Background: I am a Research Fellow at Europe's largest foreign policy think tank. Some of the points may not translate to a non-UK context, though I hope that most do. I'm very keen to hear comments especially from others working in policy and also open to discussing bilaterally.
Instead of funding EA organisations to do EA policy research, we should consider funding existing, well-known think tanks to do this work. Often this might be preferable to doing the work 'in house', through an EA-organisation such as FHI or CSER.
Examples of the kind of EA policy work we could fund think tanks to do include:
- Assessing of the likelihood of WW3 (as per Stephen Clare's excellent post)
- Comparing the merits of different voting systems
- Researching the most effective policies to reduce air pollution in middle-income countries
- Making the case for greater foreign aid contributions from developed countries
- Promoting international, shared AI standards
This is not an original idea. A recent Founders Pledge report recommended funding Carnegie Endowment for International Peace to restart their Track II dialogue between the US and China. However, I think it is pretty rare for EAs to fund non-EA think tanks to do things, and I wanted to make the case from the perspective of a current think tanker.
The power of funders
One thing that has surprised me since I began working in a think tank is how much influence funders have over the scope and activities of a research project. It is not unusual for funders to be involved in:
- Setting the parameters of the research
- Specifying exactly what the research is used for, or whom
- Recruitment for the project
- Which organisations/partners are involved
- The tone of the research, and in some cases even the conclusions/recommendations
Since the EA movement is somewhat cash-rich, and most of the bottlenecks are around time, expertise and capacity, our prior should be that paying experts to do valuable things is likely to be a good use of money. Think tanks seem like a clear case of experts and time which can be bought through funding.
Of course, being an active funder also takes time and some level of expertise, however it requires less of both compared to doing our own research.
Benefits of working through existing think tanks
The most obvious benefit of working with existing think tanks is that they are full of experts who know a lot about issues that are of interest to EAs. This is particularly beneficial if we think that a distinction can be made between technical expertise and the ability to make good decisions. While EAs are good at the latter, they are often not the best at the former. For example, when it comes to US-China conflict (an issue I work on a bit), I would generally trust a well-informed EA to make better policy decisions, because they are likely to have good aims and do cost-benefit analysis well. However, I would not rank EA China experts above other China experts at Brookings or Chatham House in terms of their subject matter or technical expertise.
This distinction implies that we want to get EAs to a position where they can make decisions and do cost-benefit analysis (e.g. it would be great to have an EA-aligned US Secretary of State, or EA-aligned foreign policy advisers in Beijing), but the technical research on China's hypersonic weapons, the chances of war, Beijing's intentions for Taiwan, US public opinion towards China, etc., does not need to be done by EAs. In fact it is likely to be performed better by experts at the best foreign policy think tanks.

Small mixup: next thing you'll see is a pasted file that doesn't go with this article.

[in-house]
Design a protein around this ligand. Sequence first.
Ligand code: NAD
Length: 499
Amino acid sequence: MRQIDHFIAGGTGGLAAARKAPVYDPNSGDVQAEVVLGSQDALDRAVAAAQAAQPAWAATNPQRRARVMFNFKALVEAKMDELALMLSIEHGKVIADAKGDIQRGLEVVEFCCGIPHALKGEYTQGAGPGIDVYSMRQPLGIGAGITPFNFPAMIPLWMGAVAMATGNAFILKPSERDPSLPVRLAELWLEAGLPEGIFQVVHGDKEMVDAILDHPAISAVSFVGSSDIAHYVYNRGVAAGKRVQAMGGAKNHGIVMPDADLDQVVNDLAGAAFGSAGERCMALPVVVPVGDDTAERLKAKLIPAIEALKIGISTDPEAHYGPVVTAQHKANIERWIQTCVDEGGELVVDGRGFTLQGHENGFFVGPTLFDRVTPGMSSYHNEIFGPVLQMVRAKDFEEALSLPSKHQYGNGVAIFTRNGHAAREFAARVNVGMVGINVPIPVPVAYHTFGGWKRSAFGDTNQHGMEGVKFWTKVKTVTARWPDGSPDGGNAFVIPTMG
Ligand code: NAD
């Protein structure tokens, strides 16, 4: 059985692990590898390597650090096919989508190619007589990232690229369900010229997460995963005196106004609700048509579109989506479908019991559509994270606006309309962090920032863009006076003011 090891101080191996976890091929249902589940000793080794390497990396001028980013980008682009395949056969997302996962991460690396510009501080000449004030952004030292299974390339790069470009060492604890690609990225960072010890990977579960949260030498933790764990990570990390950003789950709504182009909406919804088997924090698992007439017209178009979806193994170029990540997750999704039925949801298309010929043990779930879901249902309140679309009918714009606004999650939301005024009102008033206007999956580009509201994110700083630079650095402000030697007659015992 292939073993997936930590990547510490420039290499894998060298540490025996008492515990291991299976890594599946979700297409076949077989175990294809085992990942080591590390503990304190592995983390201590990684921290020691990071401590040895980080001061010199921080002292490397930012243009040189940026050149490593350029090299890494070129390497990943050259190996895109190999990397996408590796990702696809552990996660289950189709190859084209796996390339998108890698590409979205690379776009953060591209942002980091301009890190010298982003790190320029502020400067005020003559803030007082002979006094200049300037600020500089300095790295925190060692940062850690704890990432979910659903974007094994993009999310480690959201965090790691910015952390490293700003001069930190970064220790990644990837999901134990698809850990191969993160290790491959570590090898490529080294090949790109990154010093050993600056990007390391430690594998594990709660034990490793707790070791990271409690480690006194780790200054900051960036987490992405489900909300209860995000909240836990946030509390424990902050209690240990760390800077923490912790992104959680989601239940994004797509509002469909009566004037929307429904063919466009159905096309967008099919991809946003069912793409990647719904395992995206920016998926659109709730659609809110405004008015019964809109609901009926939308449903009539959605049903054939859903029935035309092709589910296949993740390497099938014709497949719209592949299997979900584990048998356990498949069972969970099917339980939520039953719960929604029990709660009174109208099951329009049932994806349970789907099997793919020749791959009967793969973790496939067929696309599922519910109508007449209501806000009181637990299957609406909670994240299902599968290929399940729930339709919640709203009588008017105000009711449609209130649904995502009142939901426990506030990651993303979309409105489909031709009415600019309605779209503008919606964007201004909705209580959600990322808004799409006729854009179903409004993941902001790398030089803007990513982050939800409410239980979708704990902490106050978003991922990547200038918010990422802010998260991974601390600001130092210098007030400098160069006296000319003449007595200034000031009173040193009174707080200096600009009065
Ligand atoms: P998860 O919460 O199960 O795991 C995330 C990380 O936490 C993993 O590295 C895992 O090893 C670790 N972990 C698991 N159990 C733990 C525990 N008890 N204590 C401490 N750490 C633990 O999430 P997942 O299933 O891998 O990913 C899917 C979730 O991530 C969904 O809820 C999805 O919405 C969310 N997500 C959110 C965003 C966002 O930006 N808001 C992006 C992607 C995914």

Experts are also aware of other ideas in the space and what is already popular or politically feasible, and may possess useful soft skills, such as knowing how to speak the 'language' of particular policy areas and being connected to prominent individuals and organisations in the space. Again, I have particularly noticed this in foreign policy, where there is a lot of behind-the-scenes networking and discussions among experts (in the UK, a lot of this takes place at grand country houses) - and EAs risk being left out of these conversations if we confine ourselves to our own institutions.
Comms, publicity, advocacy
Think tanks tend to have media and/or advocacy teams, and there is evidence of a revolving door between think tanks and government in many countries, particularly the US. When it comes to comms and influence, non-EA think tanks generally have worse objectives and incentives than EA orgs. For instance, I've noticed that think tanks value media hits, TV appearances and events with VIPs quite highly, even if these things don't translate towards policy impact.
However, insofar as good comms and advocacy is important for real-world impact, non-EA think tanks tend to be better at comms than EA organisations: they are likely to have more connections in the political arena, a track record with the media and so on. I was invited to speak to the Washington Post and on CNBC about the Ukraine crisis, even though I have almost no expertise in this area, simply because my think tank is generally respected in the field. The same goes for political advocacy: MPs, congressional committees etc. are more likely to listen to well-known think tank brands.
Think tanks tend to have core funding as well as project-specific funding. If EAs fund think tanks to do specific projects, they will also benefit from this core funding, which is often spent on comms, publicity and advocacy (as outlined above).
Think tanks are also well-placed to identify and capitalise on linkages between different policy areas, and those which cover a range of issues may be able to promote research outside of usual networks. I have been surprised at how well-known think tanks in London have received funding for research in areas outside of their core focus. For instance, Chatham House has received a lot of climate-related funding, and the Institute for Government (which is normally focused on Whitehall operations and the technocratic side of government) received a lot of funding to look at trade policy after Brexit. In both instances, it is unlikely that the funders thought Chatham or IfG were the best placed experts on those issues, but instead they were looking for well-known institutions as gathering points for work on new issues.